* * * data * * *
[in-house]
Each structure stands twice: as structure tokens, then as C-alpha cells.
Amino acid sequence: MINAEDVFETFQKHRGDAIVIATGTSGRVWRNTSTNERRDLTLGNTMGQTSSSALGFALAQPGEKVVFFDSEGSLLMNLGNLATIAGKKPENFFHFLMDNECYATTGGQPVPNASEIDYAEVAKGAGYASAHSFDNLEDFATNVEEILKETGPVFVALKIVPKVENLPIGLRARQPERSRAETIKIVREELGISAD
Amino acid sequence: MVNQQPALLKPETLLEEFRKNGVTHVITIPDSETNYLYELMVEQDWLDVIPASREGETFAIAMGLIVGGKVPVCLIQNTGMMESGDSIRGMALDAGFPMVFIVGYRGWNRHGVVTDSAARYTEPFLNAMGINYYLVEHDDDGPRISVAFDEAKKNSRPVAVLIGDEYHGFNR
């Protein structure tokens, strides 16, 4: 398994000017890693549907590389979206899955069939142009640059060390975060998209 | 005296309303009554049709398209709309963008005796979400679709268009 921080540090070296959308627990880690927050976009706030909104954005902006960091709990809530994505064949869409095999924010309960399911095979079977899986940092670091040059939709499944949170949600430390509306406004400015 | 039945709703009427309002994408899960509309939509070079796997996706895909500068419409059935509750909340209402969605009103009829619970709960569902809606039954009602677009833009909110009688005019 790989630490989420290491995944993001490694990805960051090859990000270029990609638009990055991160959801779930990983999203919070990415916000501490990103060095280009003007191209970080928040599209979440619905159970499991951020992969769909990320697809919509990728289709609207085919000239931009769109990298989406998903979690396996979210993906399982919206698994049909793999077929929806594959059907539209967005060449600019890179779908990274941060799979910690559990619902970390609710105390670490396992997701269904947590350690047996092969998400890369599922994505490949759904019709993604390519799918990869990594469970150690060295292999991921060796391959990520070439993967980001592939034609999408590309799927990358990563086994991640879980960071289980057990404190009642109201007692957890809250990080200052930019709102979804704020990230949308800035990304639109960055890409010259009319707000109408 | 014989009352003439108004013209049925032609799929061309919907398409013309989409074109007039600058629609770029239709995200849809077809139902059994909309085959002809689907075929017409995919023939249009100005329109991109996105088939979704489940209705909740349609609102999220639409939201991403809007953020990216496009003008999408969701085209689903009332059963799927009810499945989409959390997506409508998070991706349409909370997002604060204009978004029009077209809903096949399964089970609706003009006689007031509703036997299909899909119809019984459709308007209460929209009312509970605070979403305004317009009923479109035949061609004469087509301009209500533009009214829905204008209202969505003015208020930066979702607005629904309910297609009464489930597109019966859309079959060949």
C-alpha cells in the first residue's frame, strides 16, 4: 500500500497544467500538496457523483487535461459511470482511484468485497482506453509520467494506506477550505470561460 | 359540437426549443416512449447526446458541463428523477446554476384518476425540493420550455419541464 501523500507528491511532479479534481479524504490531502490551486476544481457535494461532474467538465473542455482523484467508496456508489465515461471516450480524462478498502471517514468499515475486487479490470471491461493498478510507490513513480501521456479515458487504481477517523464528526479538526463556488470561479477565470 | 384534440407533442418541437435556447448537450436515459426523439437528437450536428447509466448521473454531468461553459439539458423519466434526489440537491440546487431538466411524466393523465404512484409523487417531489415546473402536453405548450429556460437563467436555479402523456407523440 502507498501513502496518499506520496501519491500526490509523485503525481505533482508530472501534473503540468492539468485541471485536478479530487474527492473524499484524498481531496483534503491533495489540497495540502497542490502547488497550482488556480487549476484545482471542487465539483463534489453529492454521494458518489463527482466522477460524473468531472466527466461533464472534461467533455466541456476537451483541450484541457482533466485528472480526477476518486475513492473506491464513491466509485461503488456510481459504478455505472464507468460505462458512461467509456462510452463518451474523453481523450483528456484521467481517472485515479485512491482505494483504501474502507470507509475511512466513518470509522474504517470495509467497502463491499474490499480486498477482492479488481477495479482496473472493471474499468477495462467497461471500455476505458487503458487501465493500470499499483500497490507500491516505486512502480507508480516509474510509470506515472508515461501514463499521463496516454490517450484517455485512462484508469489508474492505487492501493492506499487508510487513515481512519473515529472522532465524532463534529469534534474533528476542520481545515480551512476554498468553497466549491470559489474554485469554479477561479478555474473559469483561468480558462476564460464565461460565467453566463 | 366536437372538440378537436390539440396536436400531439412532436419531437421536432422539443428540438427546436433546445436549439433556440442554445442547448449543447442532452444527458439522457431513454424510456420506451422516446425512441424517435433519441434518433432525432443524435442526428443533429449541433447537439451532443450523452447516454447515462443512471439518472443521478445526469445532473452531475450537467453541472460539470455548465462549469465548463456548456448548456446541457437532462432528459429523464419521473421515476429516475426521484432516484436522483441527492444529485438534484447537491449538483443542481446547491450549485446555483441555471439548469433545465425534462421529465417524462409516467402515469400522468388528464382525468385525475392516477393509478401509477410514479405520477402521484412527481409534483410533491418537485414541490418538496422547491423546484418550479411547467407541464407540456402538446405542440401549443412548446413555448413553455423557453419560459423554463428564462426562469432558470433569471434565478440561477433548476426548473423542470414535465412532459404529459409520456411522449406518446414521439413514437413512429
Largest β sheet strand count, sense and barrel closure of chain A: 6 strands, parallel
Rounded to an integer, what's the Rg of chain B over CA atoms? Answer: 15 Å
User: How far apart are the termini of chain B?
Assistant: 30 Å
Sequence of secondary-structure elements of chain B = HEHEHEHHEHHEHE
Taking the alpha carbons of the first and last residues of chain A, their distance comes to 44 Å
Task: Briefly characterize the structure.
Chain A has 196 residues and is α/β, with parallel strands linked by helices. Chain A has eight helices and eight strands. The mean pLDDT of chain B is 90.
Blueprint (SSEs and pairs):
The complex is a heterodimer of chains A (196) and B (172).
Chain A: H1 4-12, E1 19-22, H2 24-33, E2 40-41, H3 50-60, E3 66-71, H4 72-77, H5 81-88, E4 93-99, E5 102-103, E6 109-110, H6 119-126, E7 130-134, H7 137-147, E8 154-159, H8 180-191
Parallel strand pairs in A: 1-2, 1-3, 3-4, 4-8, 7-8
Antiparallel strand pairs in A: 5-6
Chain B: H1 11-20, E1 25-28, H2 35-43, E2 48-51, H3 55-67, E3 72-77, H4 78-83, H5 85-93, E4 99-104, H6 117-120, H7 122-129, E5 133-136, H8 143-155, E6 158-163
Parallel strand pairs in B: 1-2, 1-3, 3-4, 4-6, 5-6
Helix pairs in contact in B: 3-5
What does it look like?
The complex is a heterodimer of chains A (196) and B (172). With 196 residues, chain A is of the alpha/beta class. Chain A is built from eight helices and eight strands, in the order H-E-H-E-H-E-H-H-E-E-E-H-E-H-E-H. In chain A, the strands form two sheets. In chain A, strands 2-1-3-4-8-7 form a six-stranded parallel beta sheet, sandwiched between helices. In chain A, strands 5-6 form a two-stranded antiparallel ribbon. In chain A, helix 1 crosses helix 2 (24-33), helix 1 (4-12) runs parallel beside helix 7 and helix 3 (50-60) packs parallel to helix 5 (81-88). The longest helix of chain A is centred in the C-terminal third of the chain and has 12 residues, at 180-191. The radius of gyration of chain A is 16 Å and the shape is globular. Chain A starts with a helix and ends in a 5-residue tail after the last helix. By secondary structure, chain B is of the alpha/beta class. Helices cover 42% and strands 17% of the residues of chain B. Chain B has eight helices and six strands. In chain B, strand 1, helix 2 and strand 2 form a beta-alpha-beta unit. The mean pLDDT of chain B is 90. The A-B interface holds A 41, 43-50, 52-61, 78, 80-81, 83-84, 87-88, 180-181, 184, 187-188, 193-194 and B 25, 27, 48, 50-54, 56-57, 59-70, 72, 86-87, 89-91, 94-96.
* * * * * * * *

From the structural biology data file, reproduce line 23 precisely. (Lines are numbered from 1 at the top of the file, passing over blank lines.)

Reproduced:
What does it look like?